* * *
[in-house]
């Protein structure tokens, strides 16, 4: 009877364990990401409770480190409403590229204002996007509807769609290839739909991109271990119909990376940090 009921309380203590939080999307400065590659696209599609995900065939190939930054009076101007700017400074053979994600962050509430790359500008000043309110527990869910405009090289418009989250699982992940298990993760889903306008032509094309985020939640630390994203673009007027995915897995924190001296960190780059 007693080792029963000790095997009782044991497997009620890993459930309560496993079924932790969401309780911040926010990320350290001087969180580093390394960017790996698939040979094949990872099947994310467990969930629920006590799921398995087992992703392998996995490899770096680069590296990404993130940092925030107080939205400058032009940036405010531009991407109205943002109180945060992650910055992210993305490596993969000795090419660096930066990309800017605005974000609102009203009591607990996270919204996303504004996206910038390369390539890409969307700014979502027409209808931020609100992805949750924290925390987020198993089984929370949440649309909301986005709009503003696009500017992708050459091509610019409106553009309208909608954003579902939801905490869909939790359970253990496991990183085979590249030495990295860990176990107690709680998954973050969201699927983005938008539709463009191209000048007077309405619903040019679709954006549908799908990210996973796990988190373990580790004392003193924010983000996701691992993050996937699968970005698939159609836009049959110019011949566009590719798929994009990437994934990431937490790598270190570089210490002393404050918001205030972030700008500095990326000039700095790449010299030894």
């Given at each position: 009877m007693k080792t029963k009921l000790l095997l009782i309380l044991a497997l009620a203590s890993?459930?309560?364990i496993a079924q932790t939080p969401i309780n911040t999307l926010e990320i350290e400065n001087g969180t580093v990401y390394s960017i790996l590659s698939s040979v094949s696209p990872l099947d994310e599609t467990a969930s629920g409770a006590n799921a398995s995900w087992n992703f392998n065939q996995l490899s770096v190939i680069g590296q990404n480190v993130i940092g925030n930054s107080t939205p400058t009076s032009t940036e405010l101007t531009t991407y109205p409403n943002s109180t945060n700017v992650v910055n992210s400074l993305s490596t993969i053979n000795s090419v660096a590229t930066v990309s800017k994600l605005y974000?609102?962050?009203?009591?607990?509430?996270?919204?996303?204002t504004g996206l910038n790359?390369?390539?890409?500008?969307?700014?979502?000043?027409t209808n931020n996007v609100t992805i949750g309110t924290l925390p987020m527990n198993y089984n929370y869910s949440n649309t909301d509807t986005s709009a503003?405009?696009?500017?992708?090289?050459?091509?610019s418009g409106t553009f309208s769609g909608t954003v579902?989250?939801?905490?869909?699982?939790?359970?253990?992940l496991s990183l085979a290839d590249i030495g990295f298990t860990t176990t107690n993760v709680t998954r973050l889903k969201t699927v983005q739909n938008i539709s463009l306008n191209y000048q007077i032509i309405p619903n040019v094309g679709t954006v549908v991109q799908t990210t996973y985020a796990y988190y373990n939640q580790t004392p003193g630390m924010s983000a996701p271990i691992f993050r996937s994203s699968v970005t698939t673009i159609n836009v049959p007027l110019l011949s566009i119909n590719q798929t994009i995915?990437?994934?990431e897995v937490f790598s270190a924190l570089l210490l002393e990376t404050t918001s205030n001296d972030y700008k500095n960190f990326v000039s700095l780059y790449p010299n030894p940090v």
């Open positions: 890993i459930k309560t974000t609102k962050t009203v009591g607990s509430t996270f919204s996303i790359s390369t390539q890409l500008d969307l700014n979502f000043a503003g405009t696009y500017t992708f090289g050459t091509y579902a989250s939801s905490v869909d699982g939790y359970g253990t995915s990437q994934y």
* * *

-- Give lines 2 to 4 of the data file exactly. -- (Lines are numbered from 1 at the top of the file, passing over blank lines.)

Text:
């Protein structure tokens, strides 16, 4: 009877364990990401409770480190409403590229204002996007509807769609290839739909991109271990119909990376940090 009921309380203590939080999307400065590659696209599609995900065939190939930054009076101007700017400074053979994600962050509430790359500008000043309110527990869910405009090289418009989250699982992940298990993760889903306008032509094309985020939640630390994203673009007027995915897995924190001296960190780059 007693080792029963000790095997009782044991497997009620890993459930309560496993079924932790969401309780911040926010990320350290001087969180580093390394960017790996698939040979094949990872099947994310467990969930629920006590799921398995087992992703392998996995490899770096680069590296990404993130940092925030107080939205400058032009940036405010531009991407109205943002109180945060992650910055992210993305490596993969000795090419660096930066990309800017605005974000609102009203009591607990996270919204996303504004996206910038390369390539890409969307700014979502027409209808931020609100992805949750924290925390987020198993089984929370949440649309909301986005709009503003696009500017992708050459091509610019409106553009309208909608954003579902939801905490869909939790359970253990496991990183085979590249030495990295860990176990107690709680998954973050969201699927983005938008539709463009191209000048007077309405619903040019679709954006549908799908990210996973796990988190373990580790004392003193924010983000996701691992993050996937699968970005698939159609836009049959110019011949566009590719798929994009990437994934990431937490790598270190570089210490002393404050918001205030972030700008500095990326000039700095790449010299030894």
């Given at each position: 009877m007693k080792t029963k009921l000790l095997l009782i309380l044991a497997l009620a203590s890993?459930?309560?364990i496993a079924q932790t939080p969401i309780n911040t999307l926010e990320i350290e400065n001087g969180t580093v990401y390394s960017i790996l590659s698939s040979v094949s696209p990872l099947d994310e599609t467990a969930s629920g409770a006590n799921a398995s995900w087992n992703f392998n065939q996995l490899s770096v190939i680069g590296q990404n480190v993130i940092g925030n930054s107080t939205p400058t009076s032009t940036e405010l101007t531009t991407y109205p409403n943002s109180t945060n700017v992650v910055n992210s400074l993305s490596t993969i053979n000795s090419v660096a590229t930066v990309s800017k994600l605005y974000?609102?962050?009203?009591?607990?509430?996270?919204?996303?204002t504004g996206l910038n790359?390369?390539?890409?500008?969307?700014?979502?000043?027409t209808n931020n996007v609100t992805i949750g309110t924290l925390p987020m527990n198993y089984n929370y869910s949440n649309t909301d509807t986005s709009a503003?405009?696009?500017?992708?090289?050459?091509?610019s418009g409106t553009f309208s769609g909608t954003v579902?989250?939801?905490?869909?699982?939790?359970?253990?992940l496991s990183l085979a290839d590249i030495g990295f298990t860990t176990t107690n993760v709680t998954r973050l889903k969201t699927v983005q739909n938008i539709s463009l306008n191209y000048q007077i032509i309405p619903n040019v094309g679709t954006v549908v991109q799908t990210t996973y985020a796990y988190y373990n939640q580790t004392p003193g630390m924010s983000a996701p271990i691992f993050r996937s994203s699968v970005t698939t673009i159609n836009v049959p007027l110019l011949s566009i119909n590719q798929t994009i995915?990437?994934?990431e897995v937490f790598s270190a924190l570089l210490l002393e990376t404050t918001s205030n001296d972030y700008k500095n960190f990326v000039s700095l780059y790449p010299n030894p940090v």
């Open positions: 890993i459930k309560t974000t609102k962050t009203v009591g607990s509430t996270f919204s996303i790359s390369t390539q890409l500008d969307l700014n979502f000043a503003g405009t696009y500017t992708f090289g050459t091509y579902a989250s939801s905490v869909d699982g939790y359970g253990t995915s990437q994934y």